Oregon County is a county located in the southern portion of the U.S. state of Missouri. As of the 2010 census, the population was 10,881. Its county seat is Alton. The county was officially organized on February 14, 1845, and was named for the Oregon Territory in the northwestern United States.
Home to a large area of the Mark Twain National Forest, Oregon County contains more national forest acreage than any county in the state of Missouri. It also contains the Irish Wilderness, the largest federally protected wilderness area in the state. Hiking, backpacking, and horseback riding opportunities abound on the Ozark Trail and the White’s Creek Trail. Canoeing, kayaking, jonboating, and fishing are popular on the Eleven Point River, which is Missouri’s only National Wild and Scenic River.
Eleven Point State Park is a Missouri state park under development east of Alton, Missouri that includes 6 miles of Eleven Point River frontage.
Grand Gulf State Park is a Missouri state park just west of Thayer that includes a collapsed karst canyon.
Oregon County was created in 1845, at a time when the Oregon boundary dispute was a major issue.
During the American Civil War, men from Oregon County enlisted to fight for the Confederate States of America on three separate occasions.
In July 1861, the Second Infantry Regiment of McBride’s Seventh Division, Missouri State Guard was formed. Oregon County men made up Companies A, D, F, and G. On August 10, 1861 they fought at the Battle of Wilsons Creek near Springfield and were victorious.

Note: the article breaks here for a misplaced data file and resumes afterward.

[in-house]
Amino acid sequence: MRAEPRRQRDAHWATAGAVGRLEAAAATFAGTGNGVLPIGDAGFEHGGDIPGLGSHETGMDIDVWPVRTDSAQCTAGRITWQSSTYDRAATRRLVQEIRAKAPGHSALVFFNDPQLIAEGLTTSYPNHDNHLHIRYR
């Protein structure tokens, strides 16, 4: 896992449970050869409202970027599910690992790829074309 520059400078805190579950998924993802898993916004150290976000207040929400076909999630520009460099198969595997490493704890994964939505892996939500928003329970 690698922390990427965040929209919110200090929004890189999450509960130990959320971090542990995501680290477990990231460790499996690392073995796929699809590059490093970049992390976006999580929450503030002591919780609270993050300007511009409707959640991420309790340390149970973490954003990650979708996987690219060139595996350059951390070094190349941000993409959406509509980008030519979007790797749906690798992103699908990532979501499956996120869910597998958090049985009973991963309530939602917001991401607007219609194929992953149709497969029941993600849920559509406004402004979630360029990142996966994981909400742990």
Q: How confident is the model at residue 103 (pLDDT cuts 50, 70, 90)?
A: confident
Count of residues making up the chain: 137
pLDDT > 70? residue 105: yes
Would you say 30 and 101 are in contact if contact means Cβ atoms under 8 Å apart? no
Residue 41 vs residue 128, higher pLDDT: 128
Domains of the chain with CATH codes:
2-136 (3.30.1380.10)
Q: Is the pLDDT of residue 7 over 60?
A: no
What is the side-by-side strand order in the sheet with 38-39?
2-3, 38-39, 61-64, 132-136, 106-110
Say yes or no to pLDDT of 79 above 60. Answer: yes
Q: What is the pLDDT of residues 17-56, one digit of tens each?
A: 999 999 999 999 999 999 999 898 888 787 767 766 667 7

In early 1862 the Missouri State Guard was disbanded and regular Confederate Army units were formed. During February and March 1862, Oregon County men were mustered into companies D and I of the Fourth Missouri Infantry Regiment. The Fourth Missouri was sent to Mississippi, where they took part in the Battle of Corinth on October 3–4, 1862. The Oregon County men suffered heavy losses to both disease and battle casualties, and surrendered with 30,000 other Confederates after the Siege of Vicksburg ended on July 4, 1863.
In the late winter and spring of 1864, Major Matthew G. Norman began organizing a regiment of cavalry. They would join with men from northern Arkansas men led by Lt. Colonel James H. Tracy to form Fristoe’s Regiment, Missouri Cavalry. Colonel Edward T. Fristoe, a native of Rappahannock, Virginia, would lead his regiment during General Sterling Price’s ill-fated Missouri raid in the fall of 1864.
Other units Oregon County men enlisted in were Freeman’s Regiment, Missouri Cavalry, and the Fifteenth Missouri Cavalry Regiment from neighboring Ripley County. Only a few Oregon County men joined the Union Army. Oregon County suffered greatly during the war from raids by Union troops, as well as from atrocities committed by bushwhackers supporting neither side.